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Advocacy and Talking Points

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  • Fred Moyer
    Hi, Yesterday I was asked about the viability of mod_perl ( and more generally Perl web based solutions ) in scaling web based applications. I have my own
    Message 1 of 3 , Sep 28, 2005
      Hi,

      Yesterday I was asked about the viability of mod_perl ( and more
      generally Perl web based solutions ) in scaling web based applications.
      I have my own personal experiences with scaling mod_perl, and am well
      versed with the best practices, case studies, and methodologies out
      there in scaling mod_perl web apps.

      So I was able to cite a few large sites from memory which used mod_perl,
      and also in hopes of bolstering their confidence, I said something to
      the effect that I would wager my career that mod_perl could scale with
      the best of the other technologies out there, and I meant it. I cited a
      couple of links [1] post conversation, and blogged about this today on
      use.perl [2].

      So in wanting to improve upon my advocacy pitch the next time this
      question is asked of me, I would like to ask the list for advice on
      talking points. And also experiences with a situation like this when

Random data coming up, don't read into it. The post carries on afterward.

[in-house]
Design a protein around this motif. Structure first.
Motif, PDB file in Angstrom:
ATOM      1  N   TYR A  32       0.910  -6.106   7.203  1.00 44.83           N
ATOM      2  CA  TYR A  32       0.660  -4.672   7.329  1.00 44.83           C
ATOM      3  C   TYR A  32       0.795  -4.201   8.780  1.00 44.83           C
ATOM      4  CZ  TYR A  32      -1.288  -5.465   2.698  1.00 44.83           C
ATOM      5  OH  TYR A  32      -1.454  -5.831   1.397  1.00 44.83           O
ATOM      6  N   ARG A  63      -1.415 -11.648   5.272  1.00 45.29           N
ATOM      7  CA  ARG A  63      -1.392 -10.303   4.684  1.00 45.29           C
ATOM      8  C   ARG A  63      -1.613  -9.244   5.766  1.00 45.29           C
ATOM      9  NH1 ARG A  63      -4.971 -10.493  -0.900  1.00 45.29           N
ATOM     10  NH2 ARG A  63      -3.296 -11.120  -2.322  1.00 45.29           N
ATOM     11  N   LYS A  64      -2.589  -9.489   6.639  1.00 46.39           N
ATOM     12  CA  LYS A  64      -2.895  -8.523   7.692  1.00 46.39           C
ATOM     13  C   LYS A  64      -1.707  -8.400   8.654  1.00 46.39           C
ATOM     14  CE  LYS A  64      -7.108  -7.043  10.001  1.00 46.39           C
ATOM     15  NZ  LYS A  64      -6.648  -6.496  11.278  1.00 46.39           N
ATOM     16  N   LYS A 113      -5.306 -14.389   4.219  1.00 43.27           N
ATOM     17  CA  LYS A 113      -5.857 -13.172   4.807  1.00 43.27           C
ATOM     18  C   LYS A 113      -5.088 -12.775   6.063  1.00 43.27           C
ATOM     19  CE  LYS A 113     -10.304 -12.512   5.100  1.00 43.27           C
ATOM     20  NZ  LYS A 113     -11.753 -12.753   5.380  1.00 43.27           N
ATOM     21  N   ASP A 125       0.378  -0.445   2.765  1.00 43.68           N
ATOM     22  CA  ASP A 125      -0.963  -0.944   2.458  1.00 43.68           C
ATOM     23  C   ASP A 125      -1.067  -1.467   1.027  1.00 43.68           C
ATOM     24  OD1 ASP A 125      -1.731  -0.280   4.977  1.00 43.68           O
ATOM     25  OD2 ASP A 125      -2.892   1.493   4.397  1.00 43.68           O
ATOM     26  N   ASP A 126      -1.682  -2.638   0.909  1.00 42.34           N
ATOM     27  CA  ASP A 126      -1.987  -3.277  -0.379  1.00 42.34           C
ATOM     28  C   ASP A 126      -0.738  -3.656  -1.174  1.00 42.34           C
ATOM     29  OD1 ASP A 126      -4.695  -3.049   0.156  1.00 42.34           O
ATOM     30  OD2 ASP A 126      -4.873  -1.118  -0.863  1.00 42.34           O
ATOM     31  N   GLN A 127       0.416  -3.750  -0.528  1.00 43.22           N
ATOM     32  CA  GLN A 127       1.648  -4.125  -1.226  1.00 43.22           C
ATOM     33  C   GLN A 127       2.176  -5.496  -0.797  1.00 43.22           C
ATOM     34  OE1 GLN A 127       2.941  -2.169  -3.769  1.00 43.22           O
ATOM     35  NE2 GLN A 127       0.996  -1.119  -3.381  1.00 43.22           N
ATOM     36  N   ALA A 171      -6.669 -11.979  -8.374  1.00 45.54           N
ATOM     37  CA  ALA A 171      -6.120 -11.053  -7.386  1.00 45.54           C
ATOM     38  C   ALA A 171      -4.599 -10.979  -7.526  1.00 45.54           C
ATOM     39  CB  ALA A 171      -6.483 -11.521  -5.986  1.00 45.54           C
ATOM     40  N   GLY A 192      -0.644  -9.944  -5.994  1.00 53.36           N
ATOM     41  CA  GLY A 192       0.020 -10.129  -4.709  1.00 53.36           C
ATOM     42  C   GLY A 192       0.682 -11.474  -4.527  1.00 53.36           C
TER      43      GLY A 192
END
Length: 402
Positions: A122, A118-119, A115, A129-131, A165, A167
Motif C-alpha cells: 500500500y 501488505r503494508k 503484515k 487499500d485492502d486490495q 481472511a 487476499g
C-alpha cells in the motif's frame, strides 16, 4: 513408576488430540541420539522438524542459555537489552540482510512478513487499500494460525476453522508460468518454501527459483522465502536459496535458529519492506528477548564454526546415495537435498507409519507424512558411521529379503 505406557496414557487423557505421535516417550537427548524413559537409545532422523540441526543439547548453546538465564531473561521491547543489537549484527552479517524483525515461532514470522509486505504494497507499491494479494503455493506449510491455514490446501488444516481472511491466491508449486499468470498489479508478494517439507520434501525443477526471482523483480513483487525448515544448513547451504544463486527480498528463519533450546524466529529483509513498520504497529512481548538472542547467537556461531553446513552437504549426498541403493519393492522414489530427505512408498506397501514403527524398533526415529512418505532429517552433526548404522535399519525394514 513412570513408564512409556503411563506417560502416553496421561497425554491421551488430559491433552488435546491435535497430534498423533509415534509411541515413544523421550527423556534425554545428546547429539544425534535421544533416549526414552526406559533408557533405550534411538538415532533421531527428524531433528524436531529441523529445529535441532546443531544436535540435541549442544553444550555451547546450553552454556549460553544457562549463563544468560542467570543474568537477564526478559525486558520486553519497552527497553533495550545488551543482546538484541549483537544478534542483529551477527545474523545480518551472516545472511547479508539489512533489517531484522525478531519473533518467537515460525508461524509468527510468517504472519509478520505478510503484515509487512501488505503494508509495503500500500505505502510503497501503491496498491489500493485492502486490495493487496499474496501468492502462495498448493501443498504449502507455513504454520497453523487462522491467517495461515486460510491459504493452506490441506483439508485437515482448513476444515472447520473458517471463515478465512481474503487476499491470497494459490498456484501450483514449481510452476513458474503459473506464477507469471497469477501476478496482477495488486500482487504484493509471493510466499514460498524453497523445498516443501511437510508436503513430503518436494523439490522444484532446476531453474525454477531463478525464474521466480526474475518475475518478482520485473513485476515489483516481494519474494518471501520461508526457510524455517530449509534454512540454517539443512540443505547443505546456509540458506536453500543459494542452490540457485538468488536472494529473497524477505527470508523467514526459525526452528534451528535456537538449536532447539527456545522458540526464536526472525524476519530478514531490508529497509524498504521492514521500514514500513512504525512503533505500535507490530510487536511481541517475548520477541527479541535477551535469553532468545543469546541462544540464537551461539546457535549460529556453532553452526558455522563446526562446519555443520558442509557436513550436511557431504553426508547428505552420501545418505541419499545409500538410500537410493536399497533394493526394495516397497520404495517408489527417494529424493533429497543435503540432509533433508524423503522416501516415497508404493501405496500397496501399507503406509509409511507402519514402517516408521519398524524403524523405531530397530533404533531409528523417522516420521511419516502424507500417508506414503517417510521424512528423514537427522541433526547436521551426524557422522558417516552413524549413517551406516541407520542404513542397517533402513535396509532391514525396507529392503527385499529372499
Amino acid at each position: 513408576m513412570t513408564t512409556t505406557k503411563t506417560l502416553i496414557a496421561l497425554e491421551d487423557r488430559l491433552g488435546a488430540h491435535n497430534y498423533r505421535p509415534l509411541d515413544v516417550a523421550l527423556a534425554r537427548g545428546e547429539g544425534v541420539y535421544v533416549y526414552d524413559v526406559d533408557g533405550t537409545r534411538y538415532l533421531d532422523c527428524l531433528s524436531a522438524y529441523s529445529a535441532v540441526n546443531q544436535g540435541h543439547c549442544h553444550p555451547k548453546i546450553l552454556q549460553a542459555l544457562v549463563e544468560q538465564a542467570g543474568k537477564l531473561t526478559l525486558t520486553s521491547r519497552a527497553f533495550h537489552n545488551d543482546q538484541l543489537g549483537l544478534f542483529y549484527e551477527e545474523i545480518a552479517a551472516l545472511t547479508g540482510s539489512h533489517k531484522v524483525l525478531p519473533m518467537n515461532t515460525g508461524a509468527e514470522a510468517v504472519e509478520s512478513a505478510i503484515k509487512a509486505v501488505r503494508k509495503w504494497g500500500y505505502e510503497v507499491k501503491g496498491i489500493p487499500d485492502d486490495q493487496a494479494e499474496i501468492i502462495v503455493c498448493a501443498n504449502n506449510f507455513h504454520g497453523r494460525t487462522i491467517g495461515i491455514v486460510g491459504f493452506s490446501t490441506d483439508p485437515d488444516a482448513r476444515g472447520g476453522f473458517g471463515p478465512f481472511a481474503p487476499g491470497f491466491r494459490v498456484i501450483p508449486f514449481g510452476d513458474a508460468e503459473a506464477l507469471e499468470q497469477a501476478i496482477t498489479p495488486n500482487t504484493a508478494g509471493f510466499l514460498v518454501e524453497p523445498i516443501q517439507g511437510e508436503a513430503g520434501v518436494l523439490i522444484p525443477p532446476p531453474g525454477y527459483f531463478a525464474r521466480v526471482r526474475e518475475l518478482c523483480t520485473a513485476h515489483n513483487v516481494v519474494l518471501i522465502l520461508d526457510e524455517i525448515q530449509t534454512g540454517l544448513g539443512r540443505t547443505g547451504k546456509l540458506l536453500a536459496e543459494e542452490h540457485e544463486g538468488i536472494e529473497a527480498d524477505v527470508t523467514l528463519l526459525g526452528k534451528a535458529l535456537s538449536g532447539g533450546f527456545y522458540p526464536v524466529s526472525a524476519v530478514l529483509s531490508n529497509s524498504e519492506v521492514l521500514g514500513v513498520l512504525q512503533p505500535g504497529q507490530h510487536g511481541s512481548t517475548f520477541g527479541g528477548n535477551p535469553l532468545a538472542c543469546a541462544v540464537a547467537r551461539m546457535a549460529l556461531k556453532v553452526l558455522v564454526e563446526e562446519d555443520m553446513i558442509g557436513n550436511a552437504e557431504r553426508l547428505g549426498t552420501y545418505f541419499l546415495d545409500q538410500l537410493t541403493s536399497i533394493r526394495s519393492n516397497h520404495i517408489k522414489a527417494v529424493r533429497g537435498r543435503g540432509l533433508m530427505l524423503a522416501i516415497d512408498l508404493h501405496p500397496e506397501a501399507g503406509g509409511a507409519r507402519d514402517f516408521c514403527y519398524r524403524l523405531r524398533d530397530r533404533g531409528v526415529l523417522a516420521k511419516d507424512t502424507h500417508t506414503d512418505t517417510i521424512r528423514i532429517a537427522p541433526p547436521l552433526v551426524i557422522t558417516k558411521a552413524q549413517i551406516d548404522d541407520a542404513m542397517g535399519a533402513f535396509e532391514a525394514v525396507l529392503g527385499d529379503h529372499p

you are asked to compare mod_perl's scalability to some other technology
      in an apples vs oranges comparison. I've looked through the list
      archives and didn't find much in this area, if anyone has a link to
      relevant content please send it my way.

      Many Thanks,

      Fred

      [1]
      http://perl.apache.org/outstanding/sites.html
      http://www.masonhq.com/?MasonPoweredSites

      [2]
      http://use.perl.org/~Phred/journal/26908
    • Bill Whillers
      I m an advocate. But this argument can be broken into at least a few areas or more (beyond the walls of mod_perl) since scaling applies to human as well as
      Message 2 of 3 , Sep 28, 2005
        I'm an advocate.

        But this argument can be broken into at least a few areas or more (beyond the
        "walls" of mod_perl) since scaling applies to human as well as hardware and
        capital infrastructures.

        This may be old news and common, but I hear less of performance scaling
        criticisms than of what some (from the php and python worlds) might see as a
        'free-for-all', non-uniform coding paradigm (where primarily examples always
        seem to live outside the mod_perl "citadel").